John Mayer seems to be sticking to the same rootsy, blues vibe as his previous album with his latest, “Paradise Valley.”
The album kicks off with an upbeat “Wildfire,” which seems to be the perfect end of summer tune.
Mayer croons about a relationship that has taken off in the right direction.
Later in the album another track titled “Wildfire” features Frank Ocean and serves as a sort of an interlude for the record.
However, it doesn’t add anything to the album, if anything, it takes away from the albums full potential.
The next song, “Dear Marie,” is a sweet song to what sounds like be a girlfriend prior to when Mayer was famous.
He spends the song looking back on how different his life could have been, something everyone does from time to time.
But mostly, the album is a look into the musician’s struggles over the past few years.
It is no secret that musicians use their music as a way to express themselves.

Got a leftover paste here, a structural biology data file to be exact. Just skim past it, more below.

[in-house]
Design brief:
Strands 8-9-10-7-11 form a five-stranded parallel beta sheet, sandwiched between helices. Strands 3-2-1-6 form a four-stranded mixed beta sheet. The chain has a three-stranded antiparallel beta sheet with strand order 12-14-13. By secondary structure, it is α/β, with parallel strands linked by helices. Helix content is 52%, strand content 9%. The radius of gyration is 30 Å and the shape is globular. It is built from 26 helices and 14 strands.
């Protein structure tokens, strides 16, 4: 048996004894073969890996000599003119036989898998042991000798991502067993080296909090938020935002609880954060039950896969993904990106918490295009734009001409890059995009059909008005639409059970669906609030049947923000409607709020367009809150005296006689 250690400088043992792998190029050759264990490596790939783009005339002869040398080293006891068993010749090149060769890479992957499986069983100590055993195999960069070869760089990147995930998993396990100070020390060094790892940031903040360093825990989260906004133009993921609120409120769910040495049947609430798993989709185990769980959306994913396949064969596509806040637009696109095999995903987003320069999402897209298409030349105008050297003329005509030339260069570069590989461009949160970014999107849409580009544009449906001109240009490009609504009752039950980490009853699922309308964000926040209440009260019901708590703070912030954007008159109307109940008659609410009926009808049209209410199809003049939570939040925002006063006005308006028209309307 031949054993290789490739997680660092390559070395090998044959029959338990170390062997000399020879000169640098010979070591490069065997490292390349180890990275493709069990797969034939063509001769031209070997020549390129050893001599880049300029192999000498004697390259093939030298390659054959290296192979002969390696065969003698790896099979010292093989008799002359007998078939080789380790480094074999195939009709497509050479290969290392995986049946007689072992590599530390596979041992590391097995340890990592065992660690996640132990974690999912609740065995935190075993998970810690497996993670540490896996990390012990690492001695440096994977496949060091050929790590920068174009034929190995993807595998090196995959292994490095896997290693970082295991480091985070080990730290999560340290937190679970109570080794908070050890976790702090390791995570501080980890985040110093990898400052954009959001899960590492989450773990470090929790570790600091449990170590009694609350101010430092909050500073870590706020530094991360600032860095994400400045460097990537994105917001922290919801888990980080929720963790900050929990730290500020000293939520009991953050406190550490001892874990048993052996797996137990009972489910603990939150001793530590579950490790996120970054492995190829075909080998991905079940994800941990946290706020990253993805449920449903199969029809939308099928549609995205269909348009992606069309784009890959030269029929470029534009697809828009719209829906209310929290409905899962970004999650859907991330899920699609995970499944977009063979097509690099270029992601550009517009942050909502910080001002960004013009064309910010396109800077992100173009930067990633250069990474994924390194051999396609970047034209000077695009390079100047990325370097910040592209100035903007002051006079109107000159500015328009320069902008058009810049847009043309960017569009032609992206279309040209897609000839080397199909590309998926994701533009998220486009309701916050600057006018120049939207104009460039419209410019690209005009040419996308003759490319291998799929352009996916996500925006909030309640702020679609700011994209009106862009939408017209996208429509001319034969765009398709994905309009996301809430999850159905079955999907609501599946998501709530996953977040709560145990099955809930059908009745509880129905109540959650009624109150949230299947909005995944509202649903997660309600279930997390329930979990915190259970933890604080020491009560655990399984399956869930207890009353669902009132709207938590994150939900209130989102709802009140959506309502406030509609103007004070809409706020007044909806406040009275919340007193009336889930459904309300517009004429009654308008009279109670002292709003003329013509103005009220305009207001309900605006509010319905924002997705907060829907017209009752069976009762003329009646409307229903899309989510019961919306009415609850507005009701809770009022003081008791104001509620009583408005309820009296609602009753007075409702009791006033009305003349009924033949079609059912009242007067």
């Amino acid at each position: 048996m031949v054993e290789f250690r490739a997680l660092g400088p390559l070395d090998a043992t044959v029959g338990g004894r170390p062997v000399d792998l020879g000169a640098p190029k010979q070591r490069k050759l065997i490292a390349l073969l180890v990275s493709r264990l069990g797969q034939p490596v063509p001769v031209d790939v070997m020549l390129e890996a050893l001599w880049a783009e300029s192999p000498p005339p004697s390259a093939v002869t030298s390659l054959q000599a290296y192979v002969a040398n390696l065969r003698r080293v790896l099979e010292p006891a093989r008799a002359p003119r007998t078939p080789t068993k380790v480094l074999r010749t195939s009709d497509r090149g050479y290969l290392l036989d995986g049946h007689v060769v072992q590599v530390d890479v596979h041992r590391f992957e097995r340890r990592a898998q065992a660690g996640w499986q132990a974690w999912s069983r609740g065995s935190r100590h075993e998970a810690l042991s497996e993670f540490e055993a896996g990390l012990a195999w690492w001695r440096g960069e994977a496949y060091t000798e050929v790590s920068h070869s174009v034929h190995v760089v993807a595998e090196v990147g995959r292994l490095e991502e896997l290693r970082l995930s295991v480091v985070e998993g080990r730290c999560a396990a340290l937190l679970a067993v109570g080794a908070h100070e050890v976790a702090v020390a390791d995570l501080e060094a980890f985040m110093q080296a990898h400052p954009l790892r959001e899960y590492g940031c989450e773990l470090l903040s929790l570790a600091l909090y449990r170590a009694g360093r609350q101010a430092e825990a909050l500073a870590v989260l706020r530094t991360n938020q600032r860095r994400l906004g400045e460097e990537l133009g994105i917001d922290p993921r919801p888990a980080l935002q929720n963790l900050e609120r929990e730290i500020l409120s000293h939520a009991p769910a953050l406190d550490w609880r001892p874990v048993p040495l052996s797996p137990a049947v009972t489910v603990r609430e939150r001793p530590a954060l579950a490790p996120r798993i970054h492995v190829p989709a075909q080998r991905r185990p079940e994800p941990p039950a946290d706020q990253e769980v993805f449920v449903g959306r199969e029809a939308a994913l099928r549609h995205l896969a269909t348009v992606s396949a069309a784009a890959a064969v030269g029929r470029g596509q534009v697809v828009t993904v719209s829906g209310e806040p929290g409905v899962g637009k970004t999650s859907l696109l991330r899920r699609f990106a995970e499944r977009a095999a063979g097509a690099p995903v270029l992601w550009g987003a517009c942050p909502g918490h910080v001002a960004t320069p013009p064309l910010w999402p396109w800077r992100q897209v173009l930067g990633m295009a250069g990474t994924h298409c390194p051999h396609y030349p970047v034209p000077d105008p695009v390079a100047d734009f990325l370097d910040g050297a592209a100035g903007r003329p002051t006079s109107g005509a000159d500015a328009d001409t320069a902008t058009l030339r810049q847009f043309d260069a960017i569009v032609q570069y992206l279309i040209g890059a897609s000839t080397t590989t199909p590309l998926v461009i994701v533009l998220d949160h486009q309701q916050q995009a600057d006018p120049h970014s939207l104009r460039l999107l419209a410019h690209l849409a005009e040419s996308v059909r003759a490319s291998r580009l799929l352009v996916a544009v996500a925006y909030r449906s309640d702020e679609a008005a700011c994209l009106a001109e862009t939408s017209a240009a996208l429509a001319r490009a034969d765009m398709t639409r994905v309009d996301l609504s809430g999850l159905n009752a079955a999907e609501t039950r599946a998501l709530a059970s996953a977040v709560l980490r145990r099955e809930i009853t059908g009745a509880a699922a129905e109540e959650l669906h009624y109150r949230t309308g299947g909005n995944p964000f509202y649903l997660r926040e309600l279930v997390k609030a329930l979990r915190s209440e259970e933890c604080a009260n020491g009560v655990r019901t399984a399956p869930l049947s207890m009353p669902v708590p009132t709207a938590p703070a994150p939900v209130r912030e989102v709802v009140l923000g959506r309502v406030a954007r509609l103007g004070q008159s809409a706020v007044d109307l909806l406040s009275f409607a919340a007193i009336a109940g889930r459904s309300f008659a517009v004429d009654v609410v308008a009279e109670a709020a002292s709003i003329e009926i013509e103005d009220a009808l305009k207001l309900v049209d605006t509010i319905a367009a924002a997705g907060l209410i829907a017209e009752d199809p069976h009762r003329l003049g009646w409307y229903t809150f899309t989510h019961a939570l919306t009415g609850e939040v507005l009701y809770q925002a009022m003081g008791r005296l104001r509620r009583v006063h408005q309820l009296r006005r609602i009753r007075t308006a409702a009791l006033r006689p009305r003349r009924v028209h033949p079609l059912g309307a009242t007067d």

Mayer has taken advantage of this song writing tactic in “Paper Dolls.”
The song is rumored to be about Taylor Swift and their 2010 relationship.
Swift first penned “Dear John” for her 2010 album, “Speak Now.”
Mayer’s song features the lyrics “you’re like 22 girls in one,” – clearly a nod to Swift’s summer hit, “22.”
He goes on to sing “and none of them know what they’re running from/was it just too far to fall?”
Perhaps a nod to a lyric in ‘Dear John’? Swift wasn’t the only one Mayer sang about on the album, though
Not only did Mayer open up about his private relationship with the lady of pop, Katy Perry, but they also sang a duet together on the album.
“Who You Love” is a love ballad about being able to love who you want and not letting others influence you differently.
Mayer does a good job expressing what he’s been through and making it something others can relate to.
If there is one thing consistent throughout the course of his sixth studio album, it’s the fact that it takes awhile to get into it.
It’s not an immediate gratification you get from listening to, like some of his previous albums, including “Continuum” and “Room for Squares.”
Learning the songs and having the album on repeat has aided in experiencing the album to its full potential.
“Paradise Valley” is like a continuation of 2012’s “Born and Raised,” only this time, it’s more refined.
Story by Savannah Sawyer, Features Editor